A Message from the Vet - October 2012
Anesthesia, Part Two

Before surgery, it all starts with the physical exam and history. The exam allows us to start to assess the patient for anesthesia. First noted is the species, breed, age and sex of the pet. Each species we treat generally has a different anesthetic protocol; dogs, cats, birds, turtles, and fish are very different. Even within these groups, breed differences may dictate specific anesthesia protocols. For example, greyhounds require a higher oxygen flow than some; brachycephalic breeds (like English Bulldogs) have anatomical considerations before, during and after anesthesia; Dobermans have a greater risk of genetic bleeding disorders; and so on.

During the pre-surgical exam, we look at the patient's gum color and mucous membrane perfusion, listen to the heart and lungs, feel the femoral pulses, assess their personality (excitable, fearful, relaxed), palpate the abdomen for normality, assess parasite burden on the skin, and note physical abnormalities. We also ask questions about the pet, so that with your feedback, we can assess health issues that are obvious at home but not during the clinic exam: questions like has your pet developed an increase thirst, has there been a change in weight or food consumption, does your pet throw up, can he or she go for normal exercise, changes in bark, et cetera.

The next step is to assess what is going on inside your pet's body. That is why we recommend a blood test. Diabetes, liver disease, heart conduction disorders may effect how your pet reacts to anesthesia. Simple EKGs rule out some important heart problems. In some, x-rays may be necessary to assess risks and rewards and the procedure.

Once the pet is thoroughly examined and we have acquired the patient's information and history, we schedule the pet for the procedure. Fasting in animals prior to anesthesia is very important to minimize risk of regurgitation and compromise of breathing passages during the anesthesia and recovery. If your pet is under 16 weeks of age, prolonged fasting is not recommended due to the risk of low blood sugar.

On the day of the procedure, we check to ensure all our anesthesia equipment is working properly and prepare emergency drugs to be on hand.

Next we prepare the pet for anesthesia by giving a combination of medications that relax them, provide pain relief, and help the heart and respiratory tract cope with the effects of anesthesia. We also place an indwelling IV catheter. The catheter provides a port for delivery of anesthesia, supportive fluids for hydration or low blood pressure, and provides a route for emergency drugs in the infrequent instance of a crisis.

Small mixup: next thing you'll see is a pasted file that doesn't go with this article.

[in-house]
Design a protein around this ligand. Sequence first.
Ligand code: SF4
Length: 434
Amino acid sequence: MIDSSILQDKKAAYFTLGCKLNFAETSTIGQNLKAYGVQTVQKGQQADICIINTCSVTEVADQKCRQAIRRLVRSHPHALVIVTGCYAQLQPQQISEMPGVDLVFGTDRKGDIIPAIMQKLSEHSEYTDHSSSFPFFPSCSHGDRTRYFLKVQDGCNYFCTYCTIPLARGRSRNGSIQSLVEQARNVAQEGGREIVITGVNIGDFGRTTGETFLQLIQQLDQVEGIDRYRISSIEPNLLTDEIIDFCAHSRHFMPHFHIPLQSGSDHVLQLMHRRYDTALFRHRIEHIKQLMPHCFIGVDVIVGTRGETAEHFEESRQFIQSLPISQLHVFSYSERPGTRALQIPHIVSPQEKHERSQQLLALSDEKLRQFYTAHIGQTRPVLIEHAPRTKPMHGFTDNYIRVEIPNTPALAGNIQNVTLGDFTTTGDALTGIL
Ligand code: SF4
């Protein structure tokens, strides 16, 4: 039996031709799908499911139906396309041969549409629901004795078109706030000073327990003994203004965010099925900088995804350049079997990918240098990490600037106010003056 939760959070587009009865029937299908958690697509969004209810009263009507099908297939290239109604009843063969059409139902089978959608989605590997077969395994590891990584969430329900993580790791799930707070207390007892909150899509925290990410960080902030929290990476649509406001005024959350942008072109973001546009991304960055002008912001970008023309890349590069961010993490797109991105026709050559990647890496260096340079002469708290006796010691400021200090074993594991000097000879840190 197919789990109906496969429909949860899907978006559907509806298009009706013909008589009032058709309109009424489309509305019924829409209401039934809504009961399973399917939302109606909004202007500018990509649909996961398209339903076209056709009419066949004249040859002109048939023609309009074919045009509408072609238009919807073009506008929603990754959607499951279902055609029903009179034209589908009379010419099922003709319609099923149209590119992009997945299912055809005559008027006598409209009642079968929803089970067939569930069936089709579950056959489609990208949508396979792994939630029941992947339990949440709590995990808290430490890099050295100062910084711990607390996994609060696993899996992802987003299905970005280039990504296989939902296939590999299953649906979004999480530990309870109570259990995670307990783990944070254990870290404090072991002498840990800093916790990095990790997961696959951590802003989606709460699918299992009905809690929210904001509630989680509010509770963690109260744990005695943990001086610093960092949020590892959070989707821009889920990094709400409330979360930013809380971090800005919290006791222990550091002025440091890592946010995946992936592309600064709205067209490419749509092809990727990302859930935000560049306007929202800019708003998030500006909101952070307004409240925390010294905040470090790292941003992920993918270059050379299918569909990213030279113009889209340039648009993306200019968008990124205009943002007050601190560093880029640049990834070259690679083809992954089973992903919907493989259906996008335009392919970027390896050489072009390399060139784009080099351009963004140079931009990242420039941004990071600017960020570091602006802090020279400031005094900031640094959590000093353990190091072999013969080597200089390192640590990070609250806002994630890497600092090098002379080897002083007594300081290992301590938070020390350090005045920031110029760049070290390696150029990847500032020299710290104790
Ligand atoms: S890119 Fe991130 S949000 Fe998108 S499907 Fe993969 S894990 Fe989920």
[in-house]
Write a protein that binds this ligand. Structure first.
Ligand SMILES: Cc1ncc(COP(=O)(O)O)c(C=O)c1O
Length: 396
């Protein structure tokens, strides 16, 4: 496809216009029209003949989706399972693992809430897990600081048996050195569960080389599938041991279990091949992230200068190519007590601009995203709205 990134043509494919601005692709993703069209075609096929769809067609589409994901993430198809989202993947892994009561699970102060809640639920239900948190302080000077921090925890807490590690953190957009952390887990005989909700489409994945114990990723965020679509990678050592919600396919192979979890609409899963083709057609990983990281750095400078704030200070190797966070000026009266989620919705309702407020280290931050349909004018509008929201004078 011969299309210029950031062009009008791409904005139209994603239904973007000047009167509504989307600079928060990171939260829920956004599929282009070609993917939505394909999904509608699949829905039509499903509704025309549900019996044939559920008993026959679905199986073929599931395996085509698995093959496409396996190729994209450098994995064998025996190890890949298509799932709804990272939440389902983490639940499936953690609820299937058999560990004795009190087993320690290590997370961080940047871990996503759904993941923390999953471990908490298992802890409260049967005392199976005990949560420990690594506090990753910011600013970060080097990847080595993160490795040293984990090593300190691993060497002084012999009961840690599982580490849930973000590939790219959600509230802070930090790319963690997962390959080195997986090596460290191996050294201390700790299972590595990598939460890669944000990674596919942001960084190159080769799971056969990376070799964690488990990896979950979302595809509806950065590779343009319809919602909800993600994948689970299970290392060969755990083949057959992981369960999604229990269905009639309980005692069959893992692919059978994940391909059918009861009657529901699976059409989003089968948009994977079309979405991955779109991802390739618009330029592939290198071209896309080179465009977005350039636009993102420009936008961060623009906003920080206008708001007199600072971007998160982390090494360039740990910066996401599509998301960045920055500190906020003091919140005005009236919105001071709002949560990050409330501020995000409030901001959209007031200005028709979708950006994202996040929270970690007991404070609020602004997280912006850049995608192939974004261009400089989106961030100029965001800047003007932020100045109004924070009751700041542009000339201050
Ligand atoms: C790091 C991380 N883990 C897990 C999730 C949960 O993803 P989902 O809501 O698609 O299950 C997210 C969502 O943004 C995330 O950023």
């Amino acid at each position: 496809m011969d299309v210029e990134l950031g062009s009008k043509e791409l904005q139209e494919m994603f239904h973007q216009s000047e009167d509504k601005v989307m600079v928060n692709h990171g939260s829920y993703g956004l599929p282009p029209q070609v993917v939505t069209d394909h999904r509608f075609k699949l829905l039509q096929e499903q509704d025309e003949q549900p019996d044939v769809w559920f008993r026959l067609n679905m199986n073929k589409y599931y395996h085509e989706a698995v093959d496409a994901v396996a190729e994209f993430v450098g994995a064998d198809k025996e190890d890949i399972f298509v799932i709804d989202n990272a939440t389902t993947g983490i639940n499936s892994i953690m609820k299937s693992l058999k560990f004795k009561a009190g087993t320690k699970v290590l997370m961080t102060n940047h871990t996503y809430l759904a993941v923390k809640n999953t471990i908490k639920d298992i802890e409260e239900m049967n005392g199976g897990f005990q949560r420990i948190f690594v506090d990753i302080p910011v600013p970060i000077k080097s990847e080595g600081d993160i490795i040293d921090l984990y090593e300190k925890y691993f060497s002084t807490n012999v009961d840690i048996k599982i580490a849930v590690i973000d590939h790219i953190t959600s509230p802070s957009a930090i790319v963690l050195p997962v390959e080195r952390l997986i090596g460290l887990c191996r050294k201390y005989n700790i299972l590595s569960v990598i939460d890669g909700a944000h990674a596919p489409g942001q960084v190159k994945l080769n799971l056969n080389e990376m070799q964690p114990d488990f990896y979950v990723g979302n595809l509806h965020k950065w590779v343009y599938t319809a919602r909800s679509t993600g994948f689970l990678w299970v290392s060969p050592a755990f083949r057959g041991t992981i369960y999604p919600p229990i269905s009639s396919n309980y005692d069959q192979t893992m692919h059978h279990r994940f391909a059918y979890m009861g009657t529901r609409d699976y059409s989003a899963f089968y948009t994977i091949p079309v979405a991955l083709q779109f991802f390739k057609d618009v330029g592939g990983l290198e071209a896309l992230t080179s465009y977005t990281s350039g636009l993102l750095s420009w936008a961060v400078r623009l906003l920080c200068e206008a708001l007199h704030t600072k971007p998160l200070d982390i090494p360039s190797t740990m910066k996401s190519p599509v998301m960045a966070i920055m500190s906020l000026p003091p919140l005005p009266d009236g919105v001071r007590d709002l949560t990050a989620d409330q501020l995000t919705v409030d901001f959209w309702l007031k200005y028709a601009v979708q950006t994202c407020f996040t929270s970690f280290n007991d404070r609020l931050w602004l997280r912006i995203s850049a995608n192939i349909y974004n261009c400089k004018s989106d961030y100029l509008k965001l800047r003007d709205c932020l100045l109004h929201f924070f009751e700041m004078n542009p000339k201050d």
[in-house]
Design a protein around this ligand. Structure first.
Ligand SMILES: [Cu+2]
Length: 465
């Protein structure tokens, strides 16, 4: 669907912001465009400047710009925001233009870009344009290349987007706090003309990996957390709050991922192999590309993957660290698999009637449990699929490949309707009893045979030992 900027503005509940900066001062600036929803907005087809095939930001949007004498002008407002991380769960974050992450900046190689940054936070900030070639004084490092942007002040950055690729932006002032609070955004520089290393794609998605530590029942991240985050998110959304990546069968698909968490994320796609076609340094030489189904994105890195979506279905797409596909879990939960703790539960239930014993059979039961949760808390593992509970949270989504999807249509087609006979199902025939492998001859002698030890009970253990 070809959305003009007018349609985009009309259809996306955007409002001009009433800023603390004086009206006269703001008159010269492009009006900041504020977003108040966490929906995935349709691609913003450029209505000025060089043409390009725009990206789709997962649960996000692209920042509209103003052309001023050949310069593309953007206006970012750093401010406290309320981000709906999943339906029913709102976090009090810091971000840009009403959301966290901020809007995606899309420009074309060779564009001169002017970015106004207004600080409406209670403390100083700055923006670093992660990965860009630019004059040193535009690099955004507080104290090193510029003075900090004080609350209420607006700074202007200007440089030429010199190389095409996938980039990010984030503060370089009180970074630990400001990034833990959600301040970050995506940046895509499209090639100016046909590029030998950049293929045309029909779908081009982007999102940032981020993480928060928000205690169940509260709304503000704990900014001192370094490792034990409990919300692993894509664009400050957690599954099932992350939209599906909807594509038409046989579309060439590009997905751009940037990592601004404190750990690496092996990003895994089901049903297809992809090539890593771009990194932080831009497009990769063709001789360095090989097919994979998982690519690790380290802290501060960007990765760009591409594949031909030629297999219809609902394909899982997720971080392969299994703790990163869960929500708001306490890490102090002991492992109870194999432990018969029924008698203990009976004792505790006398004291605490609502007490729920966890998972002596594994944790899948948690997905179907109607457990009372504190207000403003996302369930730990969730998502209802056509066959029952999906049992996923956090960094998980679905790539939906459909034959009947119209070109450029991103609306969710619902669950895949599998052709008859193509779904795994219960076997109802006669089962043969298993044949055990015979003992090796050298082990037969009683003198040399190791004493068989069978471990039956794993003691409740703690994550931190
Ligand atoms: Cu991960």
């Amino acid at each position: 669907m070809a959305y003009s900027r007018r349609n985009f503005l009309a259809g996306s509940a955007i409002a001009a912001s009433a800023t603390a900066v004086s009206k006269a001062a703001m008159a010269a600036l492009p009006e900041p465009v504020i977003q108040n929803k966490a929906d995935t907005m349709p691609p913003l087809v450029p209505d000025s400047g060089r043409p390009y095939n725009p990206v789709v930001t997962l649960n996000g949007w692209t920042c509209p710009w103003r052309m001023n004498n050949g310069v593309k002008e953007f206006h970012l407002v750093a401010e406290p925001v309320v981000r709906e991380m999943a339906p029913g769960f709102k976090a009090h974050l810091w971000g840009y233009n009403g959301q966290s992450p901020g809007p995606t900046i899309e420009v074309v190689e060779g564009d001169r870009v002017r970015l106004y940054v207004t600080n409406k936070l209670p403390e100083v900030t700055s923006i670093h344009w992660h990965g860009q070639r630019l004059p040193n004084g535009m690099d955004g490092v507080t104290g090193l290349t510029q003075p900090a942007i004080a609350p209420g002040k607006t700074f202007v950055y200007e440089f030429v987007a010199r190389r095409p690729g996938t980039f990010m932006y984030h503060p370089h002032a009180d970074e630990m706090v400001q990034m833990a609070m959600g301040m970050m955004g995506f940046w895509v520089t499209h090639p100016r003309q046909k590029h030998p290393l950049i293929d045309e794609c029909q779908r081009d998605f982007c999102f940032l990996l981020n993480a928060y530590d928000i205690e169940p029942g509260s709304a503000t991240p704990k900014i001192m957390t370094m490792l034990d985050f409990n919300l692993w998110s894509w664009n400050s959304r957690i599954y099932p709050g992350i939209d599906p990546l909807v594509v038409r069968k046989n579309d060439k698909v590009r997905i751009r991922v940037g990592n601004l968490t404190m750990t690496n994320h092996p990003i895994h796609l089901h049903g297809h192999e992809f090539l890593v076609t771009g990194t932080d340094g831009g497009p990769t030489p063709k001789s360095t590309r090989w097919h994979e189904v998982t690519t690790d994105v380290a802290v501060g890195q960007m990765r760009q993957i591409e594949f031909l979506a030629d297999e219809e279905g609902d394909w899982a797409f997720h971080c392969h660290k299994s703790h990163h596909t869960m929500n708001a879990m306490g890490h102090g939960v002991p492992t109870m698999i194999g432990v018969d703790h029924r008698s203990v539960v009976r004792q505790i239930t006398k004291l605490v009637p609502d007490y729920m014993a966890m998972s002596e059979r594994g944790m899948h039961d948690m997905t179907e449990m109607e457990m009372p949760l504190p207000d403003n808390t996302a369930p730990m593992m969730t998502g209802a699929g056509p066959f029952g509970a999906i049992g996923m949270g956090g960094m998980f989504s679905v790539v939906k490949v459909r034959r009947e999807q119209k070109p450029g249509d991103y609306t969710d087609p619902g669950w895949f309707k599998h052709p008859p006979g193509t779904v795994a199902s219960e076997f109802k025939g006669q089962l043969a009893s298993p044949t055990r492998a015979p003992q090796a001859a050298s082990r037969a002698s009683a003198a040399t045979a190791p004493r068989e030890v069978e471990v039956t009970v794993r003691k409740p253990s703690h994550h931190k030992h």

When the pre-anesthetic medications are in effect, we next deliver a carefully titrated dose of the induction agent. It is called the induction agent because it lasts a very short time and allows us to pass a breathing tube and start the controlled flow of anesthetic vapor mixed with oxygen. The transition from injectable anesthesia induction (propofol) to inhalant anesthesia maintenance (isoflurane and oxygen) occurs over the next several minutes. The induction of the anesthetic and the transition to long term inhalation is gradual and allows preparing and positioning of the patient.

The next step is to begin electrical monitoring the patient under anesthesia. Wires, clips and tubes are attached to your pet as soon as they enter the surgical suite. We monitor CO2, blood oxygenation, heart rate, respiratory rate, body temperature, blood pressure, and EKG. The technician actively records the readings from the monitor as well as constantly performs hands on monitoring of heart rate, respiratory rate, perfusion of tissues, and depth of anesthesia.

At the end of the anesthetic procedure, the pet is allowed to breathe pure oxygen to help "blow off" the anesthetic that is in the blood stream. Some of the anesthetic chemical is metabolized away by the body, while some of it is exhaled in each breath.

The patient is monitored continuously until the endotracheal tube is determined to be safe to remove. This is usually when the patient has recovered their swallow reflex. Once the breathing tube is removed, the stable patient is returned to the recovery area, and monitored until it is alert and assumes normal posturing.

Full recovery from the recumbent, unconscious pet to the standing, demanding-for-attention pet may be within minutes or hours.

There are many factors we take into consideration with our patients. Every patient is an individual, every anesthesia case is unique. We treat each one as the most important patient there is; we consider their well-being as important as if they were our own pet.

John Haddock, DVM

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